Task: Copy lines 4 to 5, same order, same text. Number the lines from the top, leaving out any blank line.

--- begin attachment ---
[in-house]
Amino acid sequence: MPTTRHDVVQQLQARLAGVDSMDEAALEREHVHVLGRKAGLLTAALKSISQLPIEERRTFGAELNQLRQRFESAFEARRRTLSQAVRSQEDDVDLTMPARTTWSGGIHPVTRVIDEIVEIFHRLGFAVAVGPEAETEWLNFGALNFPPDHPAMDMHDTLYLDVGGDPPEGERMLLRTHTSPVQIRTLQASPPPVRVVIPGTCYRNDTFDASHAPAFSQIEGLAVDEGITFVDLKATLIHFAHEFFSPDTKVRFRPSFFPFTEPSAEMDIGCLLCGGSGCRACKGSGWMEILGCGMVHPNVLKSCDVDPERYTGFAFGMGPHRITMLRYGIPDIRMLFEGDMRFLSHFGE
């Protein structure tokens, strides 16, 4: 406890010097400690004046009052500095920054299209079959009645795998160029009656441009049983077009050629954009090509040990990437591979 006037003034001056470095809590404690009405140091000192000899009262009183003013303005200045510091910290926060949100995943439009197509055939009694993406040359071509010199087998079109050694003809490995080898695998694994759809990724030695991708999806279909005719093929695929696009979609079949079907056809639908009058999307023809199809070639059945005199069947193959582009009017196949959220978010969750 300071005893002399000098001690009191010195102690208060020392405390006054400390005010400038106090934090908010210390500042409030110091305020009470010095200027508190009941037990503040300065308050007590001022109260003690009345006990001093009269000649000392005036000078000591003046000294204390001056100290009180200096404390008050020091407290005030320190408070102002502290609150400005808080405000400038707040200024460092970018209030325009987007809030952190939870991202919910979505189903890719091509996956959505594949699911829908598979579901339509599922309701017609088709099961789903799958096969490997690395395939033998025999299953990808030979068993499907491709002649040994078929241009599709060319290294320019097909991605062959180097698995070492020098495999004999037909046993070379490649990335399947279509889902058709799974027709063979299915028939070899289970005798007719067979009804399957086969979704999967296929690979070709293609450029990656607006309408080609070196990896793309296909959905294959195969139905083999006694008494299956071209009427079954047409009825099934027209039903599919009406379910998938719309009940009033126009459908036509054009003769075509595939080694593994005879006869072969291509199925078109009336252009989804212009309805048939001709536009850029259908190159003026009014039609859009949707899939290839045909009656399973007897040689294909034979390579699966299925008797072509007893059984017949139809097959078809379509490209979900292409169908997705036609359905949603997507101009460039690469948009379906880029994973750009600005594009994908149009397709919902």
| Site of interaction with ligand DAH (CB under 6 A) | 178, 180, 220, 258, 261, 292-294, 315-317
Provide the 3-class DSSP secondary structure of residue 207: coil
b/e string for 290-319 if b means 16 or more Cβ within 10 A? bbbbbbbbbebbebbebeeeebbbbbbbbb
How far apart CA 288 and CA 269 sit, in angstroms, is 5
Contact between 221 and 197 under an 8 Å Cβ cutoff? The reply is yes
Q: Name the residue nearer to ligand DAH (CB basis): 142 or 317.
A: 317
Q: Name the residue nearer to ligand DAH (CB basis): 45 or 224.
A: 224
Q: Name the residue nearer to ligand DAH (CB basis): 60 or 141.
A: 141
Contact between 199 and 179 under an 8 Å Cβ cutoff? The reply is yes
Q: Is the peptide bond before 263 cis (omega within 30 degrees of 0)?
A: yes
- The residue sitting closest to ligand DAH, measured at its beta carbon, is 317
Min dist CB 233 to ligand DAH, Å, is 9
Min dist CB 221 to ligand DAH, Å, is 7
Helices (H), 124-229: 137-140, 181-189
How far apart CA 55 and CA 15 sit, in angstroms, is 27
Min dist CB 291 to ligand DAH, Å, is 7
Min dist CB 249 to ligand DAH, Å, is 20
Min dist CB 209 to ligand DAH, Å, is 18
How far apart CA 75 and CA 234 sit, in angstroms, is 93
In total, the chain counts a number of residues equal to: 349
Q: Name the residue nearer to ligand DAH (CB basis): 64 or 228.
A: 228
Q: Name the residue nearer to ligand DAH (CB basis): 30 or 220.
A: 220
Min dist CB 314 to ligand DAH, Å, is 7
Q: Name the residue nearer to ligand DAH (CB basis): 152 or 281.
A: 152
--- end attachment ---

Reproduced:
| Site of interaction with ligand DAH (CB under 6 A) | 178, 180, 220, 258, 261, 292-294, 315-317
Provide the 3-class DSSP secondary structure of residue 207: coil